You know where you are and where you want to be. So now you can identify the gaps and opportunities that exist between those two states.
- What areas need to be bridged (e.g., customers, stakeholders, employees, skills, culture)
- What redundancies or inefficiencies exist?
- What resources, processes, or information will you need?
6. Create a digital transformation roadmap
Now that you’ve outlined your goals and what gaps exist between your business and those objectives, you can create a strategic roadmap to help you achieve your vision.
Map out how you will get from Point A to Point B. This might include reframing infrastructure, reskilling employees or recruiting new talent, updating your tech stack, and transitioning to a new (more agile) development process. Your roadmap should outline the key goals and priorities, intermediate objectives, a timeline with milestones and benchmarks, and key players and roles for each area of the plan.
Keep in mind that a roadmap should be adaptable and evolve with your business and the changing priorities of the digital landscape.
Common pitfalls to digital transformation
Even the best-laid plans can run into roadblocks. Watch out for these common pitfalls when developing and implementing your digital strategy.
Resistance to change
Change is hard, which can make it difficult for you to win over hearts and minds to your bold new plans. Whether it comes from the leadership, staff, or customers, resistance to change can quickly derail your digital transformation.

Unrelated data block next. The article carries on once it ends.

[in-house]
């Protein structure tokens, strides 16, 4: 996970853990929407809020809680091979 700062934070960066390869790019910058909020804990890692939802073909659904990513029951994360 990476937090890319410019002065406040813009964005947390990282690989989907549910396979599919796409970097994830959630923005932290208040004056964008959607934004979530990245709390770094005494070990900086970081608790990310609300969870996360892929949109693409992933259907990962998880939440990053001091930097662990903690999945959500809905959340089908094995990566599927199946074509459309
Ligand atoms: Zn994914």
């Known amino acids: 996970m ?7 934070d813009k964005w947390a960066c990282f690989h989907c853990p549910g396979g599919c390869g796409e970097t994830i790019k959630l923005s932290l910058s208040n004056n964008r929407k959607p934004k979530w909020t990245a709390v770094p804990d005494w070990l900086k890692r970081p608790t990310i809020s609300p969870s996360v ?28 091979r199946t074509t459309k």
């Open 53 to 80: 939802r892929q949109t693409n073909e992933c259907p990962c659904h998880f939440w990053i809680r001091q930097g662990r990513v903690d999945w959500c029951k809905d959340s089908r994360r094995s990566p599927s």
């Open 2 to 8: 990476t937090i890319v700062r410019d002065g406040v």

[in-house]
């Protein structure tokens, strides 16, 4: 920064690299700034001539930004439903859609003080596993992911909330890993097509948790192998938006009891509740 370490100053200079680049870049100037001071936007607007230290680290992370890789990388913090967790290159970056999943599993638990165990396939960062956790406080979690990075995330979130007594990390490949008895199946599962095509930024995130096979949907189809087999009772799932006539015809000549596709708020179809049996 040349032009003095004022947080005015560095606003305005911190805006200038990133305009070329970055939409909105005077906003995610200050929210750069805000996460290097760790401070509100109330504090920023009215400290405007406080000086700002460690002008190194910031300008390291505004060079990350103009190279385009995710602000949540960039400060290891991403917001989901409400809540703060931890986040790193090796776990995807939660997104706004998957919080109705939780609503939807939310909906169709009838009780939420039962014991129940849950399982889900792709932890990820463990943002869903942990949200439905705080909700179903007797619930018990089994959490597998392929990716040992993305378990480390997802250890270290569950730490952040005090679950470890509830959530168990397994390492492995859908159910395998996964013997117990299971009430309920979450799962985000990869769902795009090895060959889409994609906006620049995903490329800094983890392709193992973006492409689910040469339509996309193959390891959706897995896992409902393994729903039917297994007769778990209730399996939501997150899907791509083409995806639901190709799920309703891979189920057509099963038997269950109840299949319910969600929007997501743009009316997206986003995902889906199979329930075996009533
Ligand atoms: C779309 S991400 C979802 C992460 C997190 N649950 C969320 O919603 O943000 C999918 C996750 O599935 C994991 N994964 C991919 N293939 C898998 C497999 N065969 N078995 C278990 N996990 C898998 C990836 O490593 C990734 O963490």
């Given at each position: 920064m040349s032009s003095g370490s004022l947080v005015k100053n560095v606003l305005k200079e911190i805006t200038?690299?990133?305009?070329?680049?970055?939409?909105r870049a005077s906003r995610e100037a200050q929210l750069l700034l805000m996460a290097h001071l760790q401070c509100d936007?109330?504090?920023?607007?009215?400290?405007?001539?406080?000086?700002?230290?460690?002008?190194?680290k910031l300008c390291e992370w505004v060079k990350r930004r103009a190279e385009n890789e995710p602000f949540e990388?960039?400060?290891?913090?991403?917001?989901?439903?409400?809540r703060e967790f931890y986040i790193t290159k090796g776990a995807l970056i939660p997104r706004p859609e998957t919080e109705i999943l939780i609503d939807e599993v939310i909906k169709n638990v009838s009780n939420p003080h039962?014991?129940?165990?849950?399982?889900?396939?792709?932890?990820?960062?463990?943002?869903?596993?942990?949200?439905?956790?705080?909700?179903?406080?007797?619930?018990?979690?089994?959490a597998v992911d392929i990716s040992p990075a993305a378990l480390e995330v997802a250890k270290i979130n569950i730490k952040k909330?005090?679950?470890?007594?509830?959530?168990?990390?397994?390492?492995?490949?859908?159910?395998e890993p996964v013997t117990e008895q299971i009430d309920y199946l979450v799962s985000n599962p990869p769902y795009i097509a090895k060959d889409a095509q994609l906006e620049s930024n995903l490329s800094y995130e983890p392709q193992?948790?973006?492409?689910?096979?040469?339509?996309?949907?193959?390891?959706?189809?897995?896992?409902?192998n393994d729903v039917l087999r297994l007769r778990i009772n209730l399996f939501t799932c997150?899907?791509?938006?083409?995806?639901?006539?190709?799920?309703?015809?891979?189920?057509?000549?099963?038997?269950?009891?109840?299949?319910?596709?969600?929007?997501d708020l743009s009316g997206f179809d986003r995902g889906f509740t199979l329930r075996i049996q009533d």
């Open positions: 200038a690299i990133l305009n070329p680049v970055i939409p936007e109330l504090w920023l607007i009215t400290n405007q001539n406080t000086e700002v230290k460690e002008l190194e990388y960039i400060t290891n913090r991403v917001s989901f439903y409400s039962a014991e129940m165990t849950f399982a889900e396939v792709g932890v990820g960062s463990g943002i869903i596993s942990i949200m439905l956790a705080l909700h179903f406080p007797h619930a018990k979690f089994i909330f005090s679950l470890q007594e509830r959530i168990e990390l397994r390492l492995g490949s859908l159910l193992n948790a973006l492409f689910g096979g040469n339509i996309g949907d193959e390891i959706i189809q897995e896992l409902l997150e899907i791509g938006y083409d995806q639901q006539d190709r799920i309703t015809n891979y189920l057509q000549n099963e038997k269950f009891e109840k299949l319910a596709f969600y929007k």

Work with stakeholders early on in the process to get buy-in and collaborate on ways to make the transitions (and ultimate transformation) easier.
Lack of expertise
Digital transformation is a huge initiative, and few people have all the skills or experience needed to implement those changes seamlessly. To prevent growing pains and rookie mistakes, seek out partners who have the knowledge and expertise you need to execute on your plans.
Also, keep in mind that digital transformation isn’t a one-person job. It should be a cross-functional endeavor involving multiple departments, so you should ensure that these teams are staffed accordingly and looped into the project.
Failure to apply data
Data is useless if you aren’t actually using it. As your organization taps into new digital resources (like better data collection and analysis), be sure to put processes in place to take full advantage of this resource.
Companies that leverage their data and act on it quickly pull ahead of the competition.
Developing a digital strategy isn’t easy—but it is crucial to laying a strong foundation to launch your digital transformation. And the companies that plan ahead today are setting themselves up for a bright future.